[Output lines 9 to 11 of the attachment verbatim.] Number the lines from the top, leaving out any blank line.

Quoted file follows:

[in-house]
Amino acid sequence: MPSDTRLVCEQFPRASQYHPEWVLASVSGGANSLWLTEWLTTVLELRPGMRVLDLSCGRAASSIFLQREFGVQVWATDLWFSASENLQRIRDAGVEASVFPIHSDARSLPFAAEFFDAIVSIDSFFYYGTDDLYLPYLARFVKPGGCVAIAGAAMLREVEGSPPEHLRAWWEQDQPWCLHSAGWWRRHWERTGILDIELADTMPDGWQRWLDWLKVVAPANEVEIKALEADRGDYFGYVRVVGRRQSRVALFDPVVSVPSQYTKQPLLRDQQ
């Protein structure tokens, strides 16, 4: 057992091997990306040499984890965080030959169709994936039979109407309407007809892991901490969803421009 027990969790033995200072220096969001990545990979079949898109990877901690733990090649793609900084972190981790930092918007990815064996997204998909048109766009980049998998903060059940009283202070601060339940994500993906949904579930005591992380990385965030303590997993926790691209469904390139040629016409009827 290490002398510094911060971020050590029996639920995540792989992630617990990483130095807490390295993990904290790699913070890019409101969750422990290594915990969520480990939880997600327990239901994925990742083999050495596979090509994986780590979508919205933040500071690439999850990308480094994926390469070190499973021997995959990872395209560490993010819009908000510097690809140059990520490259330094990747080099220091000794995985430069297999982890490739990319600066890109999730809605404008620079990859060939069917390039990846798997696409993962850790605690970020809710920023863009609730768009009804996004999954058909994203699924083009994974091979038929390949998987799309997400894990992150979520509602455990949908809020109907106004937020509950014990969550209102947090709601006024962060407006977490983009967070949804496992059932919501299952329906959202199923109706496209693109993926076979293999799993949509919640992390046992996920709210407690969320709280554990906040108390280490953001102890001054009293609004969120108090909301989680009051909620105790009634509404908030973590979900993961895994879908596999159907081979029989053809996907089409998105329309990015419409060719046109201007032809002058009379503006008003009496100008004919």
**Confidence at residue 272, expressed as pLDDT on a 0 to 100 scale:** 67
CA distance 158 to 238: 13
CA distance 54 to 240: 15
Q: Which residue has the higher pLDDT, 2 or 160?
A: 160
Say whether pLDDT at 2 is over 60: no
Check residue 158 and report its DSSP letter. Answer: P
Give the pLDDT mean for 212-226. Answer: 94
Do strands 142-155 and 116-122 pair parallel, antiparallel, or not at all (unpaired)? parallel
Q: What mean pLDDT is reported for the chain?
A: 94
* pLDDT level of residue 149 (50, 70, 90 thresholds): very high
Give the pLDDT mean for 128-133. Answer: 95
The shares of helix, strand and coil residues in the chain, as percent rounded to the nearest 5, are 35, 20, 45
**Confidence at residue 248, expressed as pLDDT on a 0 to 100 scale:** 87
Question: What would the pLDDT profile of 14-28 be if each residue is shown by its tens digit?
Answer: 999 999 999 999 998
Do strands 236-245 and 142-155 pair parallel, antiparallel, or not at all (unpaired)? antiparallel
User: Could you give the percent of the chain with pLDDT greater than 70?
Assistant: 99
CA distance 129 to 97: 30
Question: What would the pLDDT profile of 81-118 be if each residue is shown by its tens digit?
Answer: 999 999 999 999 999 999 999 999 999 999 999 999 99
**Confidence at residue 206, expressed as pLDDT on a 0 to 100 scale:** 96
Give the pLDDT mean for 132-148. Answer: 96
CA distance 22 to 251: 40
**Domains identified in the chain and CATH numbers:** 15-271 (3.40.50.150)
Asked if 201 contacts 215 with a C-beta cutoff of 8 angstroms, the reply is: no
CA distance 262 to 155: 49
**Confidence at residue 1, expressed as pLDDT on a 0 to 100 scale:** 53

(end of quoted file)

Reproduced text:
Say whether pLDDT at 2 is over 60: no
Check residue 158 and report its DSSP letter. Answer: P
Give the pLDDT mean for 212-226. Answer: 94